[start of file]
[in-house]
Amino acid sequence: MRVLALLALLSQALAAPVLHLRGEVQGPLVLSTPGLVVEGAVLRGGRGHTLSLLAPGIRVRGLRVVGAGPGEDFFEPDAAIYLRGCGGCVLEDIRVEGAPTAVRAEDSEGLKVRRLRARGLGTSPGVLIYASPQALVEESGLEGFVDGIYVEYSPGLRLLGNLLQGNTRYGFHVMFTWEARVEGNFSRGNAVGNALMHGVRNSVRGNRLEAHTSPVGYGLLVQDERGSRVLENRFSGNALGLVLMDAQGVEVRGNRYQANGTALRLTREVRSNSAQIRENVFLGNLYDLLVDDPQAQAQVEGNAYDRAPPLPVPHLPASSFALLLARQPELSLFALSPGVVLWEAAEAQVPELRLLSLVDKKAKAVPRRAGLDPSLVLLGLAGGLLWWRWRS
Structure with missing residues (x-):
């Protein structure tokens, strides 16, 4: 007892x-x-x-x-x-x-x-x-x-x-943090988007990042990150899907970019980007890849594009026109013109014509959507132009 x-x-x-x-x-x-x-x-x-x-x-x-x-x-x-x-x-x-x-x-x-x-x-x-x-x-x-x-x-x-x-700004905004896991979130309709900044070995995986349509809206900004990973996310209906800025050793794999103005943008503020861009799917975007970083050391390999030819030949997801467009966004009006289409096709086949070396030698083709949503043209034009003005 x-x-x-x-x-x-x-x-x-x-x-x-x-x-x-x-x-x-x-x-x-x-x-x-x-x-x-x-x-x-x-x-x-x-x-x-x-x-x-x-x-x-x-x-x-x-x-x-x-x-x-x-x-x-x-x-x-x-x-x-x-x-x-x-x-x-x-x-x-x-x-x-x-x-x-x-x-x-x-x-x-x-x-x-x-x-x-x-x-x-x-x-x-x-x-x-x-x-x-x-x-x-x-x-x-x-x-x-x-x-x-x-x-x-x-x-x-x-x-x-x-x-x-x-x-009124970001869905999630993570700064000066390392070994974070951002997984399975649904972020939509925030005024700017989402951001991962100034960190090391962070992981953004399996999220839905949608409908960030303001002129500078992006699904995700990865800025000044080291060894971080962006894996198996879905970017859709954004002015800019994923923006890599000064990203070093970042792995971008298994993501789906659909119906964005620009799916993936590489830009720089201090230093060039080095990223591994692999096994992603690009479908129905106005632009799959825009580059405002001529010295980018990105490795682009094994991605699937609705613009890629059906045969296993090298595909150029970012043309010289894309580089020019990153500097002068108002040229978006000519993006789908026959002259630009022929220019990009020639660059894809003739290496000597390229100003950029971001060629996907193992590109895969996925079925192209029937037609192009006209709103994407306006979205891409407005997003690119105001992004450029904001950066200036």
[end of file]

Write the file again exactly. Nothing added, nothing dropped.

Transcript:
[in-house]
Amino acid sequence: MRVLALLALLSQALAAPVLHLRGEVQGPLVLSTPGLVVEGAVLRGGRGHTLSLLAPGIRVRGLRVVGAGPGEDFFEPDAAIYLRGCGGCVLEDIRVEGAPTAVRAEDSEGLKVRRLRARGLGTSPGVLIYASPQALVEESGLEGFVDGIYVEYSPGLRLLGNLLQGNTRYGFHVMFTWEARVEGNFSRGNAVGNALMHGVRNSVRGNRLEAHTSPVGYGLLVQDERGSRVLENRFSGNALGLVLMDAQGVEVRGNRYQANGTALRLTREVRSNSAQIRENVFLGNLYDLLVDDPQAQAQVEGNAYDRAPPLPVPHLPASSFALLLARQPELSLFALSPGVVLWEAAEAQVPELRLLSLVDKKAKAVPRRAGLDPSLVLLGLAGGLLWWRWRS
Structure with missing residues (x-):
């Protein structure tokens, strides 16, 4: 007892x-x-x-x-x-x-x-x-x-x-943090988007990042990150899907970019980007890849594009026109013109014509959507132009 x-x-x-x-x-x-x-x-x-x-x-x-x-x-x-x-x-x-x-x-x-x-x-x-x-x-x-x-x-x-x-700004905004896991979130309709900044070995995986349509809206900004990973996310209906800025050793794999103005943008503020861009799917975007970083050391390999030819030949997801467009966004009006289409096709086949070396030698083709949503043209034009003005 x-x-x-x-x-x-x-x-x-x-x-x-x-x-x-x-x-x-x-x-x-x-x-x-x-x-x-x-x-x-x-x-x-x-x-x-x-x-x-x-x-x-x-x-x-x-x-x-x-x-x-x-x-x-x-x-x-x-x-x-x-x-x-x-x-x-x-x-x-x-x-x-x-x-x-x-x-x-x-x-x-x-x-x-x-x-x-x-x-x-x-x-x-x-x-x-x-x-x-x-x-x-x-x-x-x-x-x-x-x-x-x-x-x-x-x-x-x-x-x-x-x-x-x-x-009124970001869905999630993570700064000066390392070994974070951002997984399975649904972020939509925030005024700017989402951001991962100034960190090391962070992981953004399996999220839905949608409908960030303001002129500078992006699904995700990865800025000044080291060894971080962006894996198996879905970017859709954004002015800019994923923006890599000064990203070093970042792995971008298994993501789906659909119906964005620009799916993936590489830009720089201090230093060039080095990223591994692999096994992603690009479908129905106005632009799959825009580059405002001529010295980018990105490795682009094994991605699937609705613009890629059906045969296993090298595909150029970012043309010289894309580089020019990153500097002068108002040229978006000519993006789908026959002259630009022929220019990009020639660059894809003739290496000597390229100003950029971001060629996907193992590109895969996925079925192209029937037609192009006209709103994407306006979205891409407005997003690119105001992004450029904001950066200036």